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Editors' Recommendations

Tom Kilpatrick
A London-born outdoor enthusiast, Tom took the first ticket out of suburban life. What followed was a twelve-year career as…
Rhythm Rentals review: If you’re hitting the powder in Japan, you should leave your snowboard at home
With a huge range of premium skis and snowboards, you'll get the ride of your life with Rhythm
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Having traveled to six different countries spanning three continents now for snowboarding trips, I feel qualified to make this statement. The most stressful part of any skiing trip is getting to the resort. You have the flights booked, great. But then you have to try to decipher the airline's website to see whether your ski or snowboard bag is OK to go on or whether it needs to be booked. Then you haul it through the airport to your shuttle, then from your shuttle to the front door. And don't get me started on post-trip travel — ever tried to drag a ski bag through a major city? Don't.

This is what I was facing heading into my recent month-long trip to Hakuba, one of Japan's powder capitals. But Rhythm Rentals came to my rescue, and it can do the same for you. It was a nerve-wracking experience, loading up for a month of snowboarding while my pride and joy was sitting at home — what if the board I get isn't as good? Spoiler alert, I needn't have worried; its gear rocks. Here's what I found when I hit up Rhythm Rentals for a month of snowboarding and why you should leave your skis or board at home when you head to Japan.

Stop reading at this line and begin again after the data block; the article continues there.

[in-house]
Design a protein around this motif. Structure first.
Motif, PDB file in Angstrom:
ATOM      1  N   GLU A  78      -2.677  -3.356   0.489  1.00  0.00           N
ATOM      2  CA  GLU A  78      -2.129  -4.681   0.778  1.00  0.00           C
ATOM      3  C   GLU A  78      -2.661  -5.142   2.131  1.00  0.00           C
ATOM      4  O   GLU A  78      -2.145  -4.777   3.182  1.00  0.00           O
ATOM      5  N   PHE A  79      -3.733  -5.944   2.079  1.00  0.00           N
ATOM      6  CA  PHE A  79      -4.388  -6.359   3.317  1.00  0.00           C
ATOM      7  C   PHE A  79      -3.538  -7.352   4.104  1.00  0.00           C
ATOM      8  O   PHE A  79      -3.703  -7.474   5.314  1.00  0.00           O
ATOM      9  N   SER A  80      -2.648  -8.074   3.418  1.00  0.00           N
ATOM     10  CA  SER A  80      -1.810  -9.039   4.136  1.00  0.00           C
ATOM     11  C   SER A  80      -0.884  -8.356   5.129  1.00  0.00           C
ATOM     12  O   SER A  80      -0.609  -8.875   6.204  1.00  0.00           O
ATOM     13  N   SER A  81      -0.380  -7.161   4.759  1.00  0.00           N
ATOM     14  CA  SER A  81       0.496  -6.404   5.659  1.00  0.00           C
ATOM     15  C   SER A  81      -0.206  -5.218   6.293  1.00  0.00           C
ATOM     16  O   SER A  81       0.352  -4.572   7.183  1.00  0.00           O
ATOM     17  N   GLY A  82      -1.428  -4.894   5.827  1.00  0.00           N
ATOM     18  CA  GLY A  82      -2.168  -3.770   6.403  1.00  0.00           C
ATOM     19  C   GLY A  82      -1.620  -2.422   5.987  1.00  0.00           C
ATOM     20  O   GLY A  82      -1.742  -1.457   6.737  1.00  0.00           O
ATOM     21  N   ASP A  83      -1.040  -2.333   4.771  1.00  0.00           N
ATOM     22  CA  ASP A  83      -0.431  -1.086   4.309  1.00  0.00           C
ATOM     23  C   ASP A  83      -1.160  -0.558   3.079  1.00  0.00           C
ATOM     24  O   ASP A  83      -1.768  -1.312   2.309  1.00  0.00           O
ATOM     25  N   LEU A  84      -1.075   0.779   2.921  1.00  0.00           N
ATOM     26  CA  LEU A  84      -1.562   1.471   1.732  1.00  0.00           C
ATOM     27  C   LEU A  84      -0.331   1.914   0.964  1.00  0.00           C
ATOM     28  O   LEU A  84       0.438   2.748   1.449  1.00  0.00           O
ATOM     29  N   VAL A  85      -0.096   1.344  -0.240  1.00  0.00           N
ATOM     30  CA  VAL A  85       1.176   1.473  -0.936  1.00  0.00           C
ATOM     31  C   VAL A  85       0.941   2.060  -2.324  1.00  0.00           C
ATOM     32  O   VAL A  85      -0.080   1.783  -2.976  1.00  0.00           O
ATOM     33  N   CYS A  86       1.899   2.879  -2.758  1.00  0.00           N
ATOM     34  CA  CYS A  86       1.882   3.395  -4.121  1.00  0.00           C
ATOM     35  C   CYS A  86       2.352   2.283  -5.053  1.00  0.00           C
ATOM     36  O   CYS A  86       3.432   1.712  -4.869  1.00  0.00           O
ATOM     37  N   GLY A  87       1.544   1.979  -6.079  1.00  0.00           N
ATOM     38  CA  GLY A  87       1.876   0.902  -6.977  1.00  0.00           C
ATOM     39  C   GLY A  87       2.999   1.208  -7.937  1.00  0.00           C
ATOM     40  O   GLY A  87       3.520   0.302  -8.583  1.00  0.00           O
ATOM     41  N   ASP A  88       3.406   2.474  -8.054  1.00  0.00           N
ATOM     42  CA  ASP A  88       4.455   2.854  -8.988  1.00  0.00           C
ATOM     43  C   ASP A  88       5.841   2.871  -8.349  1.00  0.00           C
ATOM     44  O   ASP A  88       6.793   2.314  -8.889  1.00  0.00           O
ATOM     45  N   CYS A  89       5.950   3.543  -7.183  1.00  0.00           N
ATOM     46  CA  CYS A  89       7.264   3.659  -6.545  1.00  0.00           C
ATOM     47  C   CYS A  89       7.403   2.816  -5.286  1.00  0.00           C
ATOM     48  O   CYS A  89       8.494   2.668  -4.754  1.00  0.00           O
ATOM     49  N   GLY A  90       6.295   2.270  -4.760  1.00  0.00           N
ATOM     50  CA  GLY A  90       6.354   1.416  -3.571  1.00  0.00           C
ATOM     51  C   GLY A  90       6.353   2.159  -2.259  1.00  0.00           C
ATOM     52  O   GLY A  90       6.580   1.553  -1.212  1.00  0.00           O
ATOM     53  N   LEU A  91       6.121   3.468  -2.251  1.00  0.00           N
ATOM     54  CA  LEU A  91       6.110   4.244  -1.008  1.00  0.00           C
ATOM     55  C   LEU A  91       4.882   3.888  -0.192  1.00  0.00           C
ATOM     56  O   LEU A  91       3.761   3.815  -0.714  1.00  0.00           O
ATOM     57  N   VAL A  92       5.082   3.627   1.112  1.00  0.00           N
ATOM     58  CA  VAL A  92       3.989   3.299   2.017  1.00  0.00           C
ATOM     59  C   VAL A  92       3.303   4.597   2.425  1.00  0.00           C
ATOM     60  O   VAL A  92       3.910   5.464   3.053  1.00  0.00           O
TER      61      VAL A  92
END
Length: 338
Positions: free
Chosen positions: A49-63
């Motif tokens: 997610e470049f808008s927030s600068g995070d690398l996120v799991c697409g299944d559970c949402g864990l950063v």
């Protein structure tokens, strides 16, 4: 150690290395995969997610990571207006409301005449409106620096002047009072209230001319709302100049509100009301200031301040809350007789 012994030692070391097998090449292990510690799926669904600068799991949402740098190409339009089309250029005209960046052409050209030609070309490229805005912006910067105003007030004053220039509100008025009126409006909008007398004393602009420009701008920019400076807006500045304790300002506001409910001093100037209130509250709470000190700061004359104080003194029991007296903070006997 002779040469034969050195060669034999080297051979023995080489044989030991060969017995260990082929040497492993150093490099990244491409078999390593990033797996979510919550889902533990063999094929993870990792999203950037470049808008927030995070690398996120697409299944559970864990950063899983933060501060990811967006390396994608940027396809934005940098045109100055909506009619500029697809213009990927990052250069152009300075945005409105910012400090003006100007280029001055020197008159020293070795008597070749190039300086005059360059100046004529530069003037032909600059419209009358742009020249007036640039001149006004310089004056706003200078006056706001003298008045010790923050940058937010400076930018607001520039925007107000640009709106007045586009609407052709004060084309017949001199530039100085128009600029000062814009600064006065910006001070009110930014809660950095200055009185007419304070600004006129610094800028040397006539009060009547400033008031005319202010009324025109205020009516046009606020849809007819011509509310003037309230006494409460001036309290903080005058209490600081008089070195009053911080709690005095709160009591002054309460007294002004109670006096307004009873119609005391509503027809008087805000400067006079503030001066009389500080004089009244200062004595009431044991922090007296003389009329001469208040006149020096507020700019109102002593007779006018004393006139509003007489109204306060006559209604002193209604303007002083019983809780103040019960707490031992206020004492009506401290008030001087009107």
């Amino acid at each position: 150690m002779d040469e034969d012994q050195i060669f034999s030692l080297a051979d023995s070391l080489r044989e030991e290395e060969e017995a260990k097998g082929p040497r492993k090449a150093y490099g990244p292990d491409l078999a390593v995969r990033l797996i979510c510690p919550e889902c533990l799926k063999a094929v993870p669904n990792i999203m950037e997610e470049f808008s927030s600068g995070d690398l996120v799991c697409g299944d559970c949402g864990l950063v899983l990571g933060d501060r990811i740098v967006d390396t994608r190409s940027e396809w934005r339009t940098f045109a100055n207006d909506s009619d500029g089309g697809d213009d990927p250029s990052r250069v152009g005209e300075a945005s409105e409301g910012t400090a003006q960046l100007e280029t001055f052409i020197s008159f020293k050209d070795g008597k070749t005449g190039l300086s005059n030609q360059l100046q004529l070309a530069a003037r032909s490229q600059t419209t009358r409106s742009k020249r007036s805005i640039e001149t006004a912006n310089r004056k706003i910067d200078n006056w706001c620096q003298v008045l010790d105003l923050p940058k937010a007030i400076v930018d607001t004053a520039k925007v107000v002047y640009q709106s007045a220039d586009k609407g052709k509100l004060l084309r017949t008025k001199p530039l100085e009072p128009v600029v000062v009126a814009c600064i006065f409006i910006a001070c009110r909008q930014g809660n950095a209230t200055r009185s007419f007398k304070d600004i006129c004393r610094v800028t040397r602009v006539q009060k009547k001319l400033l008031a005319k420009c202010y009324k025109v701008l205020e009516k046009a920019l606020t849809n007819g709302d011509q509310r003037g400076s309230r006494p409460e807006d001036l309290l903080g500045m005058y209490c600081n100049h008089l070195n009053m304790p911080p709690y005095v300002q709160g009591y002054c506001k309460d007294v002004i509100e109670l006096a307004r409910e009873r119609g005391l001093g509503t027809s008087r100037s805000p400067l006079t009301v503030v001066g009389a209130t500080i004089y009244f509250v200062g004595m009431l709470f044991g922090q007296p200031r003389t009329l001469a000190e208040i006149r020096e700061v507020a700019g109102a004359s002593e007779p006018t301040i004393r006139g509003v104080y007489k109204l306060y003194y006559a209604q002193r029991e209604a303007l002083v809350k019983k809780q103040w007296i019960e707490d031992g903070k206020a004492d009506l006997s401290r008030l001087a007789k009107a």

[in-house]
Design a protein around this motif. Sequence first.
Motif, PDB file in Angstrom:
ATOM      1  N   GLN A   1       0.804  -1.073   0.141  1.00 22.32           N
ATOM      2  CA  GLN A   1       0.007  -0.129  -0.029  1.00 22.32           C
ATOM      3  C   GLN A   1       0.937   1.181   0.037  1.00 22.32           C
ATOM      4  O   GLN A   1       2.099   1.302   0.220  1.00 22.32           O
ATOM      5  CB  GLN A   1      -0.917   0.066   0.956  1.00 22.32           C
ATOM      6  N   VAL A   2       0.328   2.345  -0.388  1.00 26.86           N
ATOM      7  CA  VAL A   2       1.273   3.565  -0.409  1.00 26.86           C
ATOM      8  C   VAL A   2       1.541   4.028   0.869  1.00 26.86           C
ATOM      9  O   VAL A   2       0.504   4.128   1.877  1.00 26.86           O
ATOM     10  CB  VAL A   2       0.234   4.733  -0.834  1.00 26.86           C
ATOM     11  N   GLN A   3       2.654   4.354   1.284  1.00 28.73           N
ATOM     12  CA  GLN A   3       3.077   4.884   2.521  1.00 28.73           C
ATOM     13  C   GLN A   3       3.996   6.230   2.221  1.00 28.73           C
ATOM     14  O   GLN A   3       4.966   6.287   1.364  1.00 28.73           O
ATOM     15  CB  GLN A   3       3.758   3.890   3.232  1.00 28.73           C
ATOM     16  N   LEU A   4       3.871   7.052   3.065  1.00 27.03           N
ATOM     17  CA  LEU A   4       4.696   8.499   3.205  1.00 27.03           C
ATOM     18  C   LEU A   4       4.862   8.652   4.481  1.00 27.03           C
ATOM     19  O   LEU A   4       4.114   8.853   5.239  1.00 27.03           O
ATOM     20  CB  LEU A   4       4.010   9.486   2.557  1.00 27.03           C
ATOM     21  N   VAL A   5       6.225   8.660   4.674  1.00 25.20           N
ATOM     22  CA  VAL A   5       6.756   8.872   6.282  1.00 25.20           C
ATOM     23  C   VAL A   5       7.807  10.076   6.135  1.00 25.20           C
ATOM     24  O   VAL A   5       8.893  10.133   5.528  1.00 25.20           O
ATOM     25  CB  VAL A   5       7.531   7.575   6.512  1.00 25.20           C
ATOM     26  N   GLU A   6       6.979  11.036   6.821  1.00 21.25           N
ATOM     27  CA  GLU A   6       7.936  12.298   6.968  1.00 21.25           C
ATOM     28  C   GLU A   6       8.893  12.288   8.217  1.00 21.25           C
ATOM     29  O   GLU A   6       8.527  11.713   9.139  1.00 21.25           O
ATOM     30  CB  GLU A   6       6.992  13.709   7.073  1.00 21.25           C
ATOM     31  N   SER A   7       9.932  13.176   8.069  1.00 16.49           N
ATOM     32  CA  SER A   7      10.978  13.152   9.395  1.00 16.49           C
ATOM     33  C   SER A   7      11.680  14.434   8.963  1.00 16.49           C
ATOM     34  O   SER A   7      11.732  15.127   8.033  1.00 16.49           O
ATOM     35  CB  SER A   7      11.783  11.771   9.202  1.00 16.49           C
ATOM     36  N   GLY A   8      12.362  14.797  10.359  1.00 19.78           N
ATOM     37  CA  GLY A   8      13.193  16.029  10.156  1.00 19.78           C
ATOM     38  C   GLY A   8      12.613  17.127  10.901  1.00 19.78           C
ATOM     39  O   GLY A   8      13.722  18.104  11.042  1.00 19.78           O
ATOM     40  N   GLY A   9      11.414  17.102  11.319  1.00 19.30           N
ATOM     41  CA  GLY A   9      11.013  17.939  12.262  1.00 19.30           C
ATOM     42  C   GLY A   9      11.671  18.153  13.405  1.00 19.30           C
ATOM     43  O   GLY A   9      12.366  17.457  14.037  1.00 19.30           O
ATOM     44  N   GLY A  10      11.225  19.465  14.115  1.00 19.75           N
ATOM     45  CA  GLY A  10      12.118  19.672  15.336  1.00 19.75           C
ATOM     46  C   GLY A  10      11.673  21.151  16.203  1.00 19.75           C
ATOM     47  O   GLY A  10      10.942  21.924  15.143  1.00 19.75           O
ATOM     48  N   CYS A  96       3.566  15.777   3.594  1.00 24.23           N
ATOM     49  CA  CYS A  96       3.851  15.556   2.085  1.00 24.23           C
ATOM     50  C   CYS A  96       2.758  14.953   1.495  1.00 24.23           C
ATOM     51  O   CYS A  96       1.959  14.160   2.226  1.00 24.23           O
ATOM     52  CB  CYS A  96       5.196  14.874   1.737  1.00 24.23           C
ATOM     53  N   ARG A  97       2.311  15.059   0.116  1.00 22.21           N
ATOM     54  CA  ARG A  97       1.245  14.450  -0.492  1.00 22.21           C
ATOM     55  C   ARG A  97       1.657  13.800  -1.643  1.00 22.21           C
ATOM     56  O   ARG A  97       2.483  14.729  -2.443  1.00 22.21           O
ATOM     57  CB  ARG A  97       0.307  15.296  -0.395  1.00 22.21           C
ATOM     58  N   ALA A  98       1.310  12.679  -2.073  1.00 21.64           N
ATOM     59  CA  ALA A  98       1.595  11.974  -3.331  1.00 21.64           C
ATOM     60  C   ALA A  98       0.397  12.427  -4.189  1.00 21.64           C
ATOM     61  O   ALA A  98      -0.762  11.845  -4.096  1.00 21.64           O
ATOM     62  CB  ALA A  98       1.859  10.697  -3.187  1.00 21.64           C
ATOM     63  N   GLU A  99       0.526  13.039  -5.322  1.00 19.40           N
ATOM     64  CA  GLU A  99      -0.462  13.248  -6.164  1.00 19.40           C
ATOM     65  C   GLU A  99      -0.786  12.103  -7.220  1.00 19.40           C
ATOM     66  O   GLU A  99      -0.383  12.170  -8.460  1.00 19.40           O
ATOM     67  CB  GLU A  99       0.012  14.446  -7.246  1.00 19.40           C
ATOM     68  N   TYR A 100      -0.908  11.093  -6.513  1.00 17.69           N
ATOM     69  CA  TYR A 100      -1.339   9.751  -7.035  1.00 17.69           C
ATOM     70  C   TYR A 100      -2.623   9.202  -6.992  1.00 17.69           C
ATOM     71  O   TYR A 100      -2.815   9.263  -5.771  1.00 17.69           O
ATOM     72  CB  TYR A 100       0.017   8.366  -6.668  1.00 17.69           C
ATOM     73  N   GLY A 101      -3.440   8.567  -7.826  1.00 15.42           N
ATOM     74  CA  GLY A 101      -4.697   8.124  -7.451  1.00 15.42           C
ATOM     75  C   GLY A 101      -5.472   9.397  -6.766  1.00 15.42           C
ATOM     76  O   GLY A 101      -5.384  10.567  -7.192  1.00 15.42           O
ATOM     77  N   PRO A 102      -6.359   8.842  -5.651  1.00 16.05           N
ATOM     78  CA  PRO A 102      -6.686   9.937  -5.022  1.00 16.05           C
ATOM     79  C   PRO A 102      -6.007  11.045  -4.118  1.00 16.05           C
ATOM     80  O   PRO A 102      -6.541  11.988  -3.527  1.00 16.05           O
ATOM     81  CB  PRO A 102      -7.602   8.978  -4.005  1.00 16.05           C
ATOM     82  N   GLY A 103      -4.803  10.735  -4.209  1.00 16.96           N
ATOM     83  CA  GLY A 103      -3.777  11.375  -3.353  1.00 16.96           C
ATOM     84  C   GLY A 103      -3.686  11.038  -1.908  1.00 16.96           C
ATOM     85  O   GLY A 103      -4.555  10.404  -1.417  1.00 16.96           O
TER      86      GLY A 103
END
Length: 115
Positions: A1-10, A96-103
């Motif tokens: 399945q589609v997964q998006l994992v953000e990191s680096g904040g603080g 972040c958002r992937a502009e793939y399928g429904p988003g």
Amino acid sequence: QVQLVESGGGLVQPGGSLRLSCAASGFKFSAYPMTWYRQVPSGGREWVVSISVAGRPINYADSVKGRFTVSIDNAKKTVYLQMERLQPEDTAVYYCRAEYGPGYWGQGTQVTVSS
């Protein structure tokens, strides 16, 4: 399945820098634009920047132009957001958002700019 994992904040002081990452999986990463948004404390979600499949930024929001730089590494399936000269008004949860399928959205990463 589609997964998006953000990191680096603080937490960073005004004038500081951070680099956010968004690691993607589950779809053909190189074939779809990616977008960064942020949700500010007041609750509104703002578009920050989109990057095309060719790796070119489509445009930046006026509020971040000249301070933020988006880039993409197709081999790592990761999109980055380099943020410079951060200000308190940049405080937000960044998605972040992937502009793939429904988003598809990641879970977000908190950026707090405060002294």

Why choose Rhythm Rentals?
Rhythm Japan has been servicing the Japanese ski rental industry since 2005, when its first store opened in Nisseko. Since then, it has expanded across various ski regions, including our destination, Hakuba. Back at the start of 2022, Rhythm became part of Evo. That's right, your favorite ski and snowboard store in the U.S. hooked up with this rental outfit in Japan in a collaboration that took them both up a notch. This is a rental store with an ethos based around endless stoke, a love for winter, and a genuine interest in actioning feedback — seriously, the Hakuba rental store opened because of customer demand.